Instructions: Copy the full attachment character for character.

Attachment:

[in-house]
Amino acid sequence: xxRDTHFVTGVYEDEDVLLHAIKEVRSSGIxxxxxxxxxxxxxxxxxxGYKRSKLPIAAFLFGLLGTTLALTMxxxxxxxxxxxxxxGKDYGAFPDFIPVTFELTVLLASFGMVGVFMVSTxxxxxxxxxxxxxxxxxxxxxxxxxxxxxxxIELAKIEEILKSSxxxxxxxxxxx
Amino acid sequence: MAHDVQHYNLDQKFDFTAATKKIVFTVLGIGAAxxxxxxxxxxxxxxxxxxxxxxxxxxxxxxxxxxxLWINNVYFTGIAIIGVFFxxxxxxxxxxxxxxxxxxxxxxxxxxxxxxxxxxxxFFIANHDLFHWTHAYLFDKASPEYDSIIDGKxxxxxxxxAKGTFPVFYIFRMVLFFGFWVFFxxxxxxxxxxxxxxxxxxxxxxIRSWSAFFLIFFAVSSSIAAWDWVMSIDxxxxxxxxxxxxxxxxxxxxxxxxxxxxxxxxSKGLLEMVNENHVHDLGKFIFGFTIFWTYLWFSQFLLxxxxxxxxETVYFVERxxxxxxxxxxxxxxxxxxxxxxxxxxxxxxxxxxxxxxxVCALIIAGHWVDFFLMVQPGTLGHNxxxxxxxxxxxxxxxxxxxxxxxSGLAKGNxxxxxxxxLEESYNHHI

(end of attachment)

[in-house]
Amino acid sequence: xxRDTHFVTGVYEDEDVLLHAIKEVRSSGIxxxxxxxxxxxxxxxxxxGYKRSKLPIAAFLFGLLGTTLALTMxxxxxxxxxxxxxxGKDYGAFPDFIPVTFELTVLLASFGMVGVFMVSTxxxxxxxxxxxxxxxxxxxxxxxxxxxxxxxIELAKIEEILKSSxxxxxxxxxxx
Amino acid sequence: MAHDVQHYNLDQKFDFTAATKKIVFTVLGIGAAxxxxxxxxxxxxxxxxxxxxxxxxxxxxxxxxxxxLWINNVYFTGIAIIGVFFxxxxxxxxxxxxxxxxxxxxxxxxxxxxxxxxxxxxFFIANHDLFHWTHAYLFDKASPEYDSIIDGKxxxxxxxxAKGTFPVFYIFRMVLFFGFWVFFxxxxxxxxxxxxxxxxxxxxxxIRSWSAFFLIFFAVSSSIAAWDWVMSIDxxxxxxxxxxxxxxxxxxxxxxxxxxxxxxxxSKGLLEMVNENHVHDLGKFIFGFTIFWTYLWFSQFLLxxxxxxxxETVYFVERxxxxxxxxxxxxxxxxxxxxxxxxxxxxxxxxxxxxxxxVCALIIAGHWVDFFLMVQPGTLGHNxxxxxxxxxxxxxxxxxxxxxxxSGLAKGNxxxxxxxxLEESYNHHI